I did mean trousers, but I do wish I had the financial clout to dry clean everything. It would solve the age old problem of your washing a)taking up 25% of the non-bed area in our bedroom during the drying stages and b)said bedroom smelling of the washing powder during said drying stage.
  • edited 4:34AM
    One near Woody's is usually good, except ... once I went to pick up suits etc just before going away for week long work conference and they'd not been done. Only let me down once that way, but was quite a problem.

    Also, not so good for repairs to pockets in trousers, but then I've yet to find a dry cleaners that does pocket repairs I like. My quest continues.
  • The place opposite Nandos once dry cleaned 3 suits at the same time and I packed one for a business trip only for them to have paired the wrong jacket and trousers together. I made it into a funny story to tell clients at the start of meetings, but I felt like a bit of a twat. I now go to Quality Dry Cleaners on Blackstock Road - they guy who owns the place is mega friendly and the cleaning is top notch. I go on Saturdays and stop in at Good for Food for a salad on the way back.
  • edited 4:34AM
    Just a quick word on the pants issue.

    I say Pants as well, but I am not American.

    Pants are Pants, and what you might refer to as Pants are actually Underpants.. you know, the ones that go UNDER your PANTS.

    Although I do like to say that things are Pants, in a derogatory manor but it does piss me off when pulled up on my use of Pants as the trouser and not the under garment.

    To be honest though, being from Liverpool I actually say Undies as UnderPants and Kecks as trousers.

    Oh the nuances of regional vernacular, how I love you so.

    oh and I have no fucking clue about Dry Cleaners in SG.

    I love Thursday actually being Friday.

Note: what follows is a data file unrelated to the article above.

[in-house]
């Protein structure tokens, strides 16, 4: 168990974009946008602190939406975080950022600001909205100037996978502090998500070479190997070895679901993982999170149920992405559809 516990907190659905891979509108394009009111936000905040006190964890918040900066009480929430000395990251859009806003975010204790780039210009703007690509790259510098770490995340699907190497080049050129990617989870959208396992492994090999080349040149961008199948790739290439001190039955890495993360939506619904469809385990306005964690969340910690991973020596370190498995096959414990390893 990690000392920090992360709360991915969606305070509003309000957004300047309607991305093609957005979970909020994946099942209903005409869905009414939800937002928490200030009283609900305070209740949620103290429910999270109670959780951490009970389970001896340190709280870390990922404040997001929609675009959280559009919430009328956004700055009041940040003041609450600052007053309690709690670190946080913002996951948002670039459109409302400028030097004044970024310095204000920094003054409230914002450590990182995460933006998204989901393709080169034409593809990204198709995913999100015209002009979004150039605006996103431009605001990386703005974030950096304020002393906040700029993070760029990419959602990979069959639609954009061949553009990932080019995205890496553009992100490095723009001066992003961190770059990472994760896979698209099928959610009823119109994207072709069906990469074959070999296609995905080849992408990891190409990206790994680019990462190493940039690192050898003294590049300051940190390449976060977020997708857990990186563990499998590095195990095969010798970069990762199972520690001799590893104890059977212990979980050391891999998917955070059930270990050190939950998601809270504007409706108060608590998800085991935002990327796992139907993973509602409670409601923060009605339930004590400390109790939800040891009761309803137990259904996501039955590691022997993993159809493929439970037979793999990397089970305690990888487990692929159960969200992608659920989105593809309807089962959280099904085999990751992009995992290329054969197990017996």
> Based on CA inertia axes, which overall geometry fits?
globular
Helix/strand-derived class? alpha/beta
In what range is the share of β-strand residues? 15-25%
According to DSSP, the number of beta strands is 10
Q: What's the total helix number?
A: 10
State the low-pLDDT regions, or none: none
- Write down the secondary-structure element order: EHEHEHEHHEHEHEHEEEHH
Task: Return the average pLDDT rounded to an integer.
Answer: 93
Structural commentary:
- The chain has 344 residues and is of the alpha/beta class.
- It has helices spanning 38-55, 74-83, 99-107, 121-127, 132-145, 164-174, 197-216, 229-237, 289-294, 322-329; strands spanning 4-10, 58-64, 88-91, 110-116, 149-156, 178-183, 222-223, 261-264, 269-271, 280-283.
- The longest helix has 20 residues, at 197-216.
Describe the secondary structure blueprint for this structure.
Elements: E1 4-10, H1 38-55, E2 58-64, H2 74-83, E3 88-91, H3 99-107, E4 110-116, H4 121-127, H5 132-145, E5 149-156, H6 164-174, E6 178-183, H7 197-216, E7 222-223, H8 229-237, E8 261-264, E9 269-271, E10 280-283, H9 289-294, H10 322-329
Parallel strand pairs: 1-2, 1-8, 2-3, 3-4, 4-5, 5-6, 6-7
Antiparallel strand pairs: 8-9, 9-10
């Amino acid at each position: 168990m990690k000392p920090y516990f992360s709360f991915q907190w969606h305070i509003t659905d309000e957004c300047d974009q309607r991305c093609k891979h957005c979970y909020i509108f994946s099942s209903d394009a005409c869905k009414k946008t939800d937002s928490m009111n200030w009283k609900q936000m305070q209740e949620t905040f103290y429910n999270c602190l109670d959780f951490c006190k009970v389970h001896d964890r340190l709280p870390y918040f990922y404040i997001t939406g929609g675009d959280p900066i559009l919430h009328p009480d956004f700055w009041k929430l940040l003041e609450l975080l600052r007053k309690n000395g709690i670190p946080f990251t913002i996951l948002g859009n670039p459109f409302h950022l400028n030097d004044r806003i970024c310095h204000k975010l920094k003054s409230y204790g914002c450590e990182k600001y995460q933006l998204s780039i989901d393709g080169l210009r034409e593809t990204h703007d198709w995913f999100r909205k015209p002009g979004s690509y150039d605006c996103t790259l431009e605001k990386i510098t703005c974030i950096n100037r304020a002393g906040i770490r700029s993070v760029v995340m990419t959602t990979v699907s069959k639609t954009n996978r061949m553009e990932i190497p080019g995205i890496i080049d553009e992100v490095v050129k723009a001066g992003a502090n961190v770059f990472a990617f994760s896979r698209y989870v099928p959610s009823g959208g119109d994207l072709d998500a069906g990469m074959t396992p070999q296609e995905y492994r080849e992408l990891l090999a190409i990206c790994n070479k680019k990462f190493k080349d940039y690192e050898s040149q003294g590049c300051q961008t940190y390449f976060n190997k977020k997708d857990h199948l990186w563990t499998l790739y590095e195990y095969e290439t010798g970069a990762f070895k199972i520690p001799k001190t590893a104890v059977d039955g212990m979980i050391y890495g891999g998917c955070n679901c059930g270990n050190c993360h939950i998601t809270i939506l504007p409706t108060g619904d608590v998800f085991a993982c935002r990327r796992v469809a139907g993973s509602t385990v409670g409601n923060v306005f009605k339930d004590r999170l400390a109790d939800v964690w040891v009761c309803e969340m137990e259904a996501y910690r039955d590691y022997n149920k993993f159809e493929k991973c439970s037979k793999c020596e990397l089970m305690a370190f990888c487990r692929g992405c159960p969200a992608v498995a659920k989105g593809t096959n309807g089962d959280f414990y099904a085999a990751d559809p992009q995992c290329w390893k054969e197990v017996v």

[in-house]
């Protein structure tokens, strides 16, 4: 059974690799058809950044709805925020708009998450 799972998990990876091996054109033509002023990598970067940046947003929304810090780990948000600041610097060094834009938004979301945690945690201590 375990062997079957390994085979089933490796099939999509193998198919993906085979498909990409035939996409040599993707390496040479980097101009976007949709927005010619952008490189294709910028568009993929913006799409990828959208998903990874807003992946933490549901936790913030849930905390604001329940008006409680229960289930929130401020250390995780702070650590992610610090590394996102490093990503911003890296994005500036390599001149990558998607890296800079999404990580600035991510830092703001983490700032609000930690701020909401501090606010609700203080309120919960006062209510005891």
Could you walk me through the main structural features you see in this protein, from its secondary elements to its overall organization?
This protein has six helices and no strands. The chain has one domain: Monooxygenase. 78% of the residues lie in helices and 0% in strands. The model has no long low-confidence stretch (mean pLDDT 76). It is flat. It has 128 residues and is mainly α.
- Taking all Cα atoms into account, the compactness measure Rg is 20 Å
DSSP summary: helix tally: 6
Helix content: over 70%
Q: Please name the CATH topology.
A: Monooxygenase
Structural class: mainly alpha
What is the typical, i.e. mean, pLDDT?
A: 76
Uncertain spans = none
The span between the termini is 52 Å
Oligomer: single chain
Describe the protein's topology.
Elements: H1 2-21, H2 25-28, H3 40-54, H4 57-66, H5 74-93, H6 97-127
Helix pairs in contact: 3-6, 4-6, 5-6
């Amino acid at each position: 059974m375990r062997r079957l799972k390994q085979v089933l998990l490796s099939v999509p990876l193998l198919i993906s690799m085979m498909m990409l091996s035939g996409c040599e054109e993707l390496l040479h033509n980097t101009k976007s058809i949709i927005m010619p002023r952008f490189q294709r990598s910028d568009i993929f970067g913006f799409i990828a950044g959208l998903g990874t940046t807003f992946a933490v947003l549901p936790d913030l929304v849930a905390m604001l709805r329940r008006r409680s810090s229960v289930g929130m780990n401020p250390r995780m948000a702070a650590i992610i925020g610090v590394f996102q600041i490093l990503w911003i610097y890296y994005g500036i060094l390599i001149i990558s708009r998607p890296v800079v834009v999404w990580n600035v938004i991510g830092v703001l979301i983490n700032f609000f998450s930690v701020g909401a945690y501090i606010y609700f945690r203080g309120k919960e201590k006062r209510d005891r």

• edited 4:34AM
    @JFJ - that's being pernickety and well you know it. In the UK vernacular, we say pants. And pants refers to underpants, which was only ever used as a word when you were under 10 years old. Pants NEVER refers to trousers. The fellas on the Londis parade of Ferme Park Rd do a good dry clean.
  • edited 4:34AM
    Well it's not UK vernacular, as we don't really have a UK vernacular.

    Words from all areas of the country and the world seep into our everyday parlance and there is no right or wrong answer.

    Pants is used up north in certain places, as Trousers.

    Well done nick_m it was a good attempt at being assertive.
  • edited 4:34AM
    Pants is perfectly acceptable, comes from 'pantaloons' an all purpose Italian word for trouser type garms.

    I use trousers for formal trousers, pants for gym pants and being a lady I have the useful word knickers for underpinnings.

    I'm quite fond of the word breeches too - for outer or underwear.
  • edited April 2010
    Re: Pants / American Words
    Some NSFW language.

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  • edited 4:34AM
    Pants is an abbreviation of pantaloons.
  • edited 4:34AM
    The sky is blue.
  • edited 4:34AM
    I've lived for 34 years in this country and no one has ever used pants to refer to trousers in my presence. Not even my Yorkshire mum.
  • edited 4:34AM
    I've regularly heard 'kecks' used in relation to pants. Of the under- variety.
  • edited 4:34AM
    Brilliant. I joined this forum with the sole purpose of finding dry cleaning recommendations and here they are, located in 5 seconds! My evening has been made.
  • edited 4:34AM
    Despite previously being favourable to Snow White on SGR, he's gone and lost the trousers from my suit.

    Accidents happen etc, so I'm going to try and replace them, but unlikely, suit's over a year old.

    £300 Pierre Cardin suit, trousers on own probably £120. Would anyone push for the full suit replacement from him? Or just agree on compensation for cost of a pair of trousers? Jacket on its own is no use to me. Doubt I have the receipt... I quite like him but cash is cash.